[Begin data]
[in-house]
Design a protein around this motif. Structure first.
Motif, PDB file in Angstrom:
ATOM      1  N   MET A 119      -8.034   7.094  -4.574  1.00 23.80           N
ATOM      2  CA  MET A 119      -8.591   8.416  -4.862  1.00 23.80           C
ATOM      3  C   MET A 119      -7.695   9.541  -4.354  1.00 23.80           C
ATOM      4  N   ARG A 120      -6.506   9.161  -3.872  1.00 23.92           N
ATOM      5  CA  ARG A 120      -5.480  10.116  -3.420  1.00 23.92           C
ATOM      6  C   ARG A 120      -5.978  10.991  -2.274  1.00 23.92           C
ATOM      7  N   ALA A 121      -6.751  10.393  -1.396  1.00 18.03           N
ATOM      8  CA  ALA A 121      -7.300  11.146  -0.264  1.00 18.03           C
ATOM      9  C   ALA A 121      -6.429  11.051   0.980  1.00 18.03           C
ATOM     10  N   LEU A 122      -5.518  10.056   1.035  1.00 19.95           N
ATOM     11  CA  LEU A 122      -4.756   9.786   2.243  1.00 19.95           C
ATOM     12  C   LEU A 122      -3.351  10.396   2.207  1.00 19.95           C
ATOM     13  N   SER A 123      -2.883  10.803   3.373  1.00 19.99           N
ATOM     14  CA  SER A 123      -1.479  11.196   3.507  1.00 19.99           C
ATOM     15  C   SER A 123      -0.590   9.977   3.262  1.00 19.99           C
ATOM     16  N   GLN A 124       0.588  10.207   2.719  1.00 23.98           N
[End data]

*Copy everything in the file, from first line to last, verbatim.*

[in-house]
Design a protein around this motif. Structure first.
Motif, PDB file in Angstrom:
ATOM      1  N   MET A 119      -8.034   7.094  -4.574  1.00 23.80           N
ATOM      2  CA  MET A 119      -8.591   8.416  -4.862  1.00 23.80           C
ATOM      3  C   MET A 119      -7.695   9.541  -4.354  1.00 23.80           C
ATOM      4  N   ARG A 120      -6.506   9.161  -3.872  1.00 23.92           N
ATOM      5  CA  ARG A 120      -5.480  10.116  -3.420  1.00 23.92           C
ATOM      6  C   ARG A 120      -5.978  10.991  -2.274  1.00 23.92           C
ATOM      7  N   ALA A 121      -6.751  10.393  -1.396  1.00 18.03           N
ATOM      8  CA  ALA A 121      -7.300  11.146  -0.264  1.00 18.03           C
ATOM      9  C   ALA A 121      -6.429  11.051   0.980  1.00 18.03           C
ATOM     10  N   LEU A 122      -5.518  10.056   1.035  1.00 19.95           N
ATOM     11  CA  LEU A 122      -4.756   9.786   2.243  1.00 19.95           C
ATOM     12  C   LEU A 122      -3.351  10.396   2.207  1.00 19.95           C
ATOM     13  N   SER A 123      -2.883  10.803   3.373  1.00 19.99           N
ATOM     14  CA  SER A 123      -1.479  11.196   3.507  1.00 19.99           C
ATOM     15  C   SER A 123      -0.590   9.977   3.262  1.00 19.99           C
ATOM     16  N   GLN A 124       0.588  10.207   2.719  1.00 23.98           N